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Having read the first two books in this series, I naturally plodded on to the third - the Dead Man's Smile. As other reviewers have said, this book goes further back in time and is set in a decade which preceeds the previous two volumes' settings. Also, the story is removed (relatively) far away from the streets of London and based primarily in Paris. For me, part of the charm of the previous books was the way Brandreth used his first hand knowledge of London - a city many English readers will be at least vaguely familiar with - to recreate street-by-street detail. Those familar, or au fait, with the urban layout of Paris may really enjoy a simialr aspect in this third volume, but for me (despite having visited Paris a fair few times), I quite missed the familiar and intruiging Victorian London setting. At the same time, hats must be taken off to Brandreth for doing something different and sharing experience of his time in France with the reader. Now, as for the plot/substance of this novel, it would have been rather difficult to guess the outcome and identity of the murderer from reading the first 90% of the novel. Very few clues are given. I quite like that, however, as it leaves the reader free to come up with their own idea; not from clues in things said or done, but from the more general impression one gets from the characters. This is where Brandreth excels, in my opinion. His books are not merely a game whereby the observant reader spots references to the odd object/quote here and there, and pieces together clues in their own head. Brandreth is very strong at creating characters - not always transparent or easy to understand - but often complex/realistic enough to give the plot some extra dimension. That being said, I can think of one or two characters in this book who seem to be as animate/complex as your average ammonite (Eddie Garstang - the lone American in particular). All in all, this was a very enjoyable read and the fact that I instantly ordered the fourth volume on my Kindle, a matter of seconds after finishing this, is testament to the quality of the entire series.
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on 15 September 2014
I am becoming annoyed with the author of these stories. I liked the first couple I read, but the author is breaking all the 'rules' of a good mystery writer. The main character makes accusations against people, convincing everyone in the book, as well as the reader, that someone is guilty, and someone else isn't because s/he couldn't possibly have...... whatever. And at the very end, suddenly the tables are completely turned. All of the 'clues' provided throughout the book are swept aside as meaningless and the reader is left wondering how the main character worked this out! There's a lot of useless dialogue that might be witty, but means nothing as far as solving the crime. The books are nice period pieces and I enjoy the Wilde witticisms, but the 'mystery' element is not handled well.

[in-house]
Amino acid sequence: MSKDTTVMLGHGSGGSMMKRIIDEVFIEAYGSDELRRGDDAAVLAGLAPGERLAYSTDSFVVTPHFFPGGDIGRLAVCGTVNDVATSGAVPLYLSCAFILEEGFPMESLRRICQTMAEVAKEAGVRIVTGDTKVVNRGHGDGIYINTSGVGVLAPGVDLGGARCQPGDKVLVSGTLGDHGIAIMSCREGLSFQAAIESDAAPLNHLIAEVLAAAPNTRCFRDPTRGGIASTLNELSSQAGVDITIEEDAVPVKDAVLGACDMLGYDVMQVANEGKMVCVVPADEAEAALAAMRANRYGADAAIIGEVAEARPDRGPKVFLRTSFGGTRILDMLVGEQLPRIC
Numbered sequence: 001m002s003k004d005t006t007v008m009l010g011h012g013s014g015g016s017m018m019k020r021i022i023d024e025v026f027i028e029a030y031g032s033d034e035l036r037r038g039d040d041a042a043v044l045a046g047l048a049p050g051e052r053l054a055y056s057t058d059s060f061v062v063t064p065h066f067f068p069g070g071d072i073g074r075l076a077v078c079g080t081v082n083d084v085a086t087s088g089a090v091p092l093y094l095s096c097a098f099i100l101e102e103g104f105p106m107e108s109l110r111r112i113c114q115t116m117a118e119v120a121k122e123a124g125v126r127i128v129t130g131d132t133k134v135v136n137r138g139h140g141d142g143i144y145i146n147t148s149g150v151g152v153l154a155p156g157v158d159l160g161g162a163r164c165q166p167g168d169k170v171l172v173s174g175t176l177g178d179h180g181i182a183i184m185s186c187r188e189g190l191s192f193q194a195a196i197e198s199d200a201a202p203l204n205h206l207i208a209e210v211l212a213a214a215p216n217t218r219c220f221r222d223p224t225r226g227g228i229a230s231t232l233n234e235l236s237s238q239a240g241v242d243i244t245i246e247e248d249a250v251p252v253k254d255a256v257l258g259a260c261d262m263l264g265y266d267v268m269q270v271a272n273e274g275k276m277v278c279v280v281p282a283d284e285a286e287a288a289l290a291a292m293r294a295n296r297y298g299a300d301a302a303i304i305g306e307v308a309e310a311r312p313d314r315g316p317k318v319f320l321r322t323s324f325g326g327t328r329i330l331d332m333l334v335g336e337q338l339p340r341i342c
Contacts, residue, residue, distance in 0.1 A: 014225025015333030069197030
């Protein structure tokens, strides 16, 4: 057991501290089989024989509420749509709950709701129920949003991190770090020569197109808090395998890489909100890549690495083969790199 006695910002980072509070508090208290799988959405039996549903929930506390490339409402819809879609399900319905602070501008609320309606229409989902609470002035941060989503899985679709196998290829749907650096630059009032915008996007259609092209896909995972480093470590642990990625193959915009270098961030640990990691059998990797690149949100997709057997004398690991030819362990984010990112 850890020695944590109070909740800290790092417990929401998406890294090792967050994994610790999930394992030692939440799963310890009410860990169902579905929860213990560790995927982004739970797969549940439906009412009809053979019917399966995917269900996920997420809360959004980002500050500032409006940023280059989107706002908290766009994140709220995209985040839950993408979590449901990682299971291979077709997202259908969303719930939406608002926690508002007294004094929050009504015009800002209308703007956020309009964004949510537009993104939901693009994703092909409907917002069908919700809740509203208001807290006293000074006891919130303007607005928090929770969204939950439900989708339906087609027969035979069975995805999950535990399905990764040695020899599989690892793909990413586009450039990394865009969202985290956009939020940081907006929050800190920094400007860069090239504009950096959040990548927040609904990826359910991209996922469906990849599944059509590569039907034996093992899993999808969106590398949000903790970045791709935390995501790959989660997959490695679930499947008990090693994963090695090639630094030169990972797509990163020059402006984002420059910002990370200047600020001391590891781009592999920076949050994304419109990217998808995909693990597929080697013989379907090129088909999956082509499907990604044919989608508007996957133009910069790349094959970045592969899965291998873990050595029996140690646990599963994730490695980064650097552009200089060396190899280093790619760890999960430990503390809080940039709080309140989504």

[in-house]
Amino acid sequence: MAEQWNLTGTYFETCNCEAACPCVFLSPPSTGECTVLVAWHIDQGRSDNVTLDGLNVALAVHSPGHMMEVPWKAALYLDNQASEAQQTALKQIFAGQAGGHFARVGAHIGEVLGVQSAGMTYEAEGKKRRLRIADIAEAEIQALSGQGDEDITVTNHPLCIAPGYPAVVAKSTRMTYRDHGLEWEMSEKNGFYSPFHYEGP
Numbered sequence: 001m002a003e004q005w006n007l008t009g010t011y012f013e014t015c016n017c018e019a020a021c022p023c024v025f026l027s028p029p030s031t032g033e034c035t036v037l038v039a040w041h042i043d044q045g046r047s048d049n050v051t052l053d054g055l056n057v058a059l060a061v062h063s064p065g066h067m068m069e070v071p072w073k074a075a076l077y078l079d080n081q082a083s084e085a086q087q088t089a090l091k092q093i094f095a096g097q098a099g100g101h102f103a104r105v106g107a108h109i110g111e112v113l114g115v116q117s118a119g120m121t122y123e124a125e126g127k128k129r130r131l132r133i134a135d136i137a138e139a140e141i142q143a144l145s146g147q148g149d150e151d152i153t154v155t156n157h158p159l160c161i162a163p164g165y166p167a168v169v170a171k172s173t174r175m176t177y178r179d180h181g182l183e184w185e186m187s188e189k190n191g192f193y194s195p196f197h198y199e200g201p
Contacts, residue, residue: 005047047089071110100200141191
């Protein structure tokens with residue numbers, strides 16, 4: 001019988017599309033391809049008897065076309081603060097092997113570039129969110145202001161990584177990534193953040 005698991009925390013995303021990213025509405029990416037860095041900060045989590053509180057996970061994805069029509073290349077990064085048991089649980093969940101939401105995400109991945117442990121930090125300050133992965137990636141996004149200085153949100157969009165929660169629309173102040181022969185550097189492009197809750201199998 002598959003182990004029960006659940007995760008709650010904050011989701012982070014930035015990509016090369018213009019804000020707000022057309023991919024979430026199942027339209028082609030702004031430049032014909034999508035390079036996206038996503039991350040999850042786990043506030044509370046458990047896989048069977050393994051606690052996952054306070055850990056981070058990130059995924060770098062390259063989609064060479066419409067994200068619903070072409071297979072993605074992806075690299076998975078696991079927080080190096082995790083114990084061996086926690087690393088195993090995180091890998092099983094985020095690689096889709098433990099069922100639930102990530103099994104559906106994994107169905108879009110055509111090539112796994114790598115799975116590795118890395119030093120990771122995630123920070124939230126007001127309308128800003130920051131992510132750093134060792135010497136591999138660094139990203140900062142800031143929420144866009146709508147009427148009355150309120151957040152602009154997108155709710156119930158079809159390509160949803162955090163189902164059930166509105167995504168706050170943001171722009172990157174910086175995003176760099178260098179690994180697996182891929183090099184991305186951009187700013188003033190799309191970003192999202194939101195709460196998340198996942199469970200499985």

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on 17 September 2012
How wonderful to read yet another book in the series, where Gyles Brandreth brings together the genius of Oscar Wilde and Arthur Conan Doyle in a retrospective murder mystery. The depth of writing is indicative of a great degree of research on the part of the author. I have read this series of books. Whilst a further book would be welcomed, it is appreciated that there would be a finite timeline; a lack of fresh material. I would re-read the series of books; a rarity for me.
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on 12 July 2016
Gyles Brandreth is an intelligent writer and these books are well researched and gripping.
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on 2 August 2017
As promised.
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on 13 January 2013
I did not enjoy this as much as the other books in the series.I did not like the characters verymuch and
possibly because it was not set in London. I like to see how familiar places have changed.
There was not enough action and too much description.
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on 23 February 2016
Excellent read yet again by Gyles Brandreth.
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on 19 October 2016
Brilliantly written and utterly gripping!
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on 23 December 2015
Ss advertised. Thank you
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on 7 December 2014
Fantastic.
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